3. In a disc drive having a carriage for positioning at least one magnetic head relative to a disc having radially spaced data tracks thereon, a stepper motor having a housing, a drive shaft carried by axially spaced ball bearings and positioned within an annular enclosed portion of the housing, a band coupled between said drive shaft and said carriage for positioning said carriage and transducer carried thereby relative to said disc, means for fixedly positioning the ball bearings against radial deflection toward said housing, said means for fixedly supporting said ball bearings comprising a ring of hardened elastomer surrounding each said ball bearing between an outer race of the ball bearing and the end bell of said housing and, means for resiliently loading said bearings in an axial direction to permit small non-critical axial deflection of said rotor and said bearings in response to forces applied to said band comprising preloaded spring means which are axially spaced and thus resiliently support the spaced ball bearings.
4. A disc drive as in claim 3 wherein said means for resiliently loading said bearings comprise preload springs located between outer races of said bearings and end bell walls of said housing.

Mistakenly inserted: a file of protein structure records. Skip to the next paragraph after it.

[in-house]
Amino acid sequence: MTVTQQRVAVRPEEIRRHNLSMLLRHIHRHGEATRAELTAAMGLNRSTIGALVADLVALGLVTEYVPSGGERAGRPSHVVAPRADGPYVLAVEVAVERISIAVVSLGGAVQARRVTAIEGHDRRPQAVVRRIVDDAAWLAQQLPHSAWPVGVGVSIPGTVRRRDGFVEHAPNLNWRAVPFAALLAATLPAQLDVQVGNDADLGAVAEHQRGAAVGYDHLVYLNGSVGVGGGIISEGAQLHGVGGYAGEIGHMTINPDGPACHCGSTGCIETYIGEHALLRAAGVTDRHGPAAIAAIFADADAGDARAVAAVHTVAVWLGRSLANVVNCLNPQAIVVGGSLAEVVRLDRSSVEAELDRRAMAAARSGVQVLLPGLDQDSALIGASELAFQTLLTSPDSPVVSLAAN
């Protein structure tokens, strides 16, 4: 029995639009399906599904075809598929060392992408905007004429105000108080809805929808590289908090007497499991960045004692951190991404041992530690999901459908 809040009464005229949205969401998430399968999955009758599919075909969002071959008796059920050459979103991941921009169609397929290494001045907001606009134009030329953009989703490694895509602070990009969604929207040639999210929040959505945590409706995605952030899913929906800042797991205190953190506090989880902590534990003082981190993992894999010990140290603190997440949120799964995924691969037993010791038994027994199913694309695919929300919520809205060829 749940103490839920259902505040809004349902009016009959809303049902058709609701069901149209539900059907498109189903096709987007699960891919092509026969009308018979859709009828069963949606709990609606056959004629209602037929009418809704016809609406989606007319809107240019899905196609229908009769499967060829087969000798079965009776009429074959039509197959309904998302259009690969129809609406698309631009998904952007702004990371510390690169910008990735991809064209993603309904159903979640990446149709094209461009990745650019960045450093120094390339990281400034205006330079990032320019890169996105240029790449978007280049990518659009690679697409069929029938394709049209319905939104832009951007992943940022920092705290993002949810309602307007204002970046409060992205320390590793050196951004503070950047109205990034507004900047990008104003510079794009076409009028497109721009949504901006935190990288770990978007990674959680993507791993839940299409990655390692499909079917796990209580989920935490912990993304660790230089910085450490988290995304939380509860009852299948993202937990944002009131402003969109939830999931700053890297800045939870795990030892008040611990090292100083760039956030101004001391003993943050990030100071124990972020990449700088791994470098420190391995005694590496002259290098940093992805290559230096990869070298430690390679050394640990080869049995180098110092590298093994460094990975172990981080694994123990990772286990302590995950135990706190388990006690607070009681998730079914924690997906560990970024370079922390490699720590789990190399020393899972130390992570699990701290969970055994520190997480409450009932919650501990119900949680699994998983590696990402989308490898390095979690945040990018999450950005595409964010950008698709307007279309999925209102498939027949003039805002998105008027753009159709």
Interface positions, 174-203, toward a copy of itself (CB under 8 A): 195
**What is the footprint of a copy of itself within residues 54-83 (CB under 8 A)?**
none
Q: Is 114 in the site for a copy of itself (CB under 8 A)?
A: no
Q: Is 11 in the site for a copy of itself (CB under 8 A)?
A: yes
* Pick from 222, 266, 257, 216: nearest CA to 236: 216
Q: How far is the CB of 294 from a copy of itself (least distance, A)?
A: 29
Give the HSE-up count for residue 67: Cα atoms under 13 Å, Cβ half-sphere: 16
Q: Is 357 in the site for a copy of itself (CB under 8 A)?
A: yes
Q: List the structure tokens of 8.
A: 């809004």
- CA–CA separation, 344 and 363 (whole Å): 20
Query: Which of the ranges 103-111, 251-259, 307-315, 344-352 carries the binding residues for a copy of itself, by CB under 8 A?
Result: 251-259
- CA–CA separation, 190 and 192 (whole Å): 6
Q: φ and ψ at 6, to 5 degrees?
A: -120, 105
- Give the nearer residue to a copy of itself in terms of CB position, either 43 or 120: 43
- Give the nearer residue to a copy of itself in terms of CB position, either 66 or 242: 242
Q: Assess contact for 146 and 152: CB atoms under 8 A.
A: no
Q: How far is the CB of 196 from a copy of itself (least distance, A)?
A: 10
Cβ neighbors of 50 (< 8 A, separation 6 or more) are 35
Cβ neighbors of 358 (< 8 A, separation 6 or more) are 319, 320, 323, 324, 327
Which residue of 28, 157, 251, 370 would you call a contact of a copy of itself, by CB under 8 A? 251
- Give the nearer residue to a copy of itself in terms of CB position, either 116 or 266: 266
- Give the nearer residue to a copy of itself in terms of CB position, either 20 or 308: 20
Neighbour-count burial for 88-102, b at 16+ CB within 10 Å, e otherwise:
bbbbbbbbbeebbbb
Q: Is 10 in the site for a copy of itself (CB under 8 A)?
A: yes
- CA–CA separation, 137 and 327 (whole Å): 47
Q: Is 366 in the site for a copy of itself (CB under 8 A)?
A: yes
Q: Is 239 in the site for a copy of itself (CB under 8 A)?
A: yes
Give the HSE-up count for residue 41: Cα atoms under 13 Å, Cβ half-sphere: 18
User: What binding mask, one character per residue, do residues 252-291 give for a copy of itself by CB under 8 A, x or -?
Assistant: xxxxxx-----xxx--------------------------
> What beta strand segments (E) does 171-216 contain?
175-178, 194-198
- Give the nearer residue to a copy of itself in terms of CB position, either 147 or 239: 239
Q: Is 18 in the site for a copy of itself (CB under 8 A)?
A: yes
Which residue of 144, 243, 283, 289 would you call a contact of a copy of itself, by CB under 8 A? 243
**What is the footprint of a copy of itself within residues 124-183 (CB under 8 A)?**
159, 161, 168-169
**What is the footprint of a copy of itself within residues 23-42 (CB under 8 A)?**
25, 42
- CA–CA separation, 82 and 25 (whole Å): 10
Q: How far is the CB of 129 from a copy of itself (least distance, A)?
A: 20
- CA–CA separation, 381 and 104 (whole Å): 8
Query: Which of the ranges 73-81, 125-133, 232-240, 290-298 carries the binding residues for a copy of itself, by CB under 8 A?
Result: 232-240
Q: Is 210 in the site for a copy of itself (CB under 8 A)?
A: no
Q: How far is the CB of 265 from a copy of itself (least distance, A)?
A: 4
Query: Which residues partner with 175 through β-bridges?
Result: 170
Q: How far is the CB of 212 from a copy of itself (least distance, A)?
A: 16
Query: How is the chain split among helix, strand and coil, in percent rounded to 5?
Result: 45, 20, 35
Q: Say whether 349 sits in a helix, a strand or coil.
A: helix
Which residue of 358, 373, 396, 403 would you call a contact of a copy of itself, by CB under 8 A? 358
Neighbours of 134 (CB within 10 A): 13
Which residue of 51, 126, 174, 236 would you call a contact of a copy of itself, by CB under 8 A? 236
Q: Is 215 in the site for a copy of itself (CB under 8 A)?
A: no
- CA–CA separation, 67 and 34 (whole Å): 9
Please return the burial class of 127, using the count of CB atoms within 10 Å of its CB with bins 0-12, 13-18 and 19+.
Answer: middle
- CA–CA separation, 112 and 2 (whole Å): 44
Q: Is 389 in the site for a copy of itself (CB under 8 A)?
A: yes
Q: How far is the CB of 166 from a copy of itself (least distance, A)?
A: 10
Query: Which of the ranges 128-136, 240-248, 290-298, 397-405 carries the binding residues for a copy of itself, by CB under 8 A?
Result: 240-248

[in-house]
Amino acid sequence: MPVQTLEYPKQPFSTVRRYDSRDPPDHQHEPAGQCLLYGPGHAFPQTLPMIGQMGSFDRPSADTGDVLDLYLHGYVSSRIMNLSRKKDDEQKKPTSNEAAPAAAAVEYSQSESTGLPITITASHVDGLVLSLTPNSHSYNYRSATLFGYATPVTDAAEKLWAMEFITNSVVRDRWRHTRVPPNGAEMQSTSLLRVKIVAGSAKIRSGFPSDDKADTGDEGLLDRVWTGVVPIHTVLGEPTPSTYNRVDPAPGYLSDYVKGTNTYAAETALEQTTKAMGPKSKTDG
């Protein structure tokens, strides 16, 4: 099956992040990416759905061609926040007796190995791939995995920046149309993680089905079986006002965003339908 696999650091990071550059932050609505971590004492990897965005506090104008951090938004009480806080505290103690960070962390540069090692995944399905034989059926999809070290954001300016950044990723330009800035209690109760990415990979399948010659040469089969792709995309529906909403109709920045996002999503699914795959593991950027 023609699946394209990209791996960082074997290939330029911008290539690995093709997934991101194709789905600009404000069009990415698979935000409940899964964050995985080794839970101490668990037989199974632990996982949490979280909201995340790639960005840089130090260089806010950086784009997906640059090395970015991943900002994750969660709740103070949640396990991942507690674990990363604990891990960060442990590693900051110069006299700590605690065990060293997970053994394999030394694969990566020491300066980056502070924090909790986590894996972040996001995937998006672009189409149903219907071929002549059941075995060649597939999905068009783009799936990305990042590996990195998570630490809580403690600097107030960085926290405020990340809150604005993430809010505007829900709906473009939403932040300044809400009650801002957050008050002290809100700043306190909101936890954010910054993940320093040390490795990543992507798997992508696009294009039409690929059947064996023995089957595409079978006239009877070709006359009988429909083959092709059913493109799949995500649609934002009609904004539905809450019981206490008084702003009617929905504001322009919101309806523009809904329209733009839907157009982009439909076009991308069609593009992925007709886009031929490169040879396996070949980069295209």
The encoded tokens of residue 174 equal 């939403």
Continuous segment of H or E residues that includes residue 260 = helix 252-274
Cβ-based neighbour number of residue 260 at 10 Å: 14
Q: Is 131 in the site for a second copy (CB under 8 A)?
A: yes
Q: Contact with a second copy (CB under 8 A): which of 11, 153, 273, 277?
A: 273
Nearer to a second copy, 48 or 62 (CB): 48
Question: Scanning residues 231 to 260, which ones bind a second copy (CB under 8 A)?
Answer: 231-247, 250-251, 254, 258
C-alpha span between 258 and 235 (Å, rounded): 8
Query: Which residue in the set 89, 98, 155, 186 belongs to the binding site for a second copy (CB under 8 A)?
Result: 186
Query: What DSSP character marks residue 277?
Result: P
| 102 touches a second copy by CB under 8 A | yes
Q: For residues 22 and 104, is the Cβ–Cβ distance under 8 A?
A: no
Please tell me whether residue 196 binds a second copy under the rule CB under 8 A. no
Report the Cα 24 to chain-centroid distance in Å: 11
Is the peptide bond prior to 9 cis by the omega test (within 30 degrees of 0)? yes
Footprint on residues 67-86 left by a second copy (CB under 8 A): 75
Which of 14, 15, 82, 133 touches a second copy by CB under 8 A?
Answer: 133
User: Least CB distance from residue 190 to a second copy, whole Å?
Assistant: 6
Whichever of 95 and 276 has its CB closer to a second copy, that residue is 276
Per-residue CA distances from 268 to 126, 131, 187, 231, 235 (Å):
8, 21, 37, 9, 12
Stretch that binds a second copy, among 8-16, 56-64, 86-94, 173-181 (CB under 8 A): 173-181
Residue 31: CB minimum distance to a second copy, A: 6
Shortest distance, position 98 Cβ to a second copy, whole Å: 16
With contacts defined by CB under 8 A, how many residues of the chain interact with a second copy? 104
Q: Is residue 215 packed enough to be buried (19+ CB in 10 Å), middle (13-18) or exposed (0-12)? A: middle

This is a continuation of application Ser. No. 031,904 filed Mar. 30, 1987, now abandoned.
This invention relates generally to an improved motor for driving the head positioning assembly in a disc drive apparatus, and more particularly to a motor that has its rotor and drive shaft supported to diminish radial deflection of the shaft while permitting small axial deflections.
Disc drive machines record and reproduce information stored on concentric circular tracks recorded on magnetic discs. Tracks are written and read by magnetic heads that cooperate with the surface of the disc. Such systems in a typical popular version utilize a band drive to convert rotary motion of a stepper motor shaft to linear motion of a carriage which moves the heads mounted on the carriage radially across the disc to record and read adjacent concentric circular tracks. The drive band is wrapped around a motor shaft or a pulley attached to the shaft and has its ends attached to the carriage; rotation of the shaft wraps one end of the band on the pulley while unwrapping the other, causing the carriage to move linearly. Guide means are associated with the carriage to guide the carriage in its linear travel to insure that the heads move radially across the associated disc.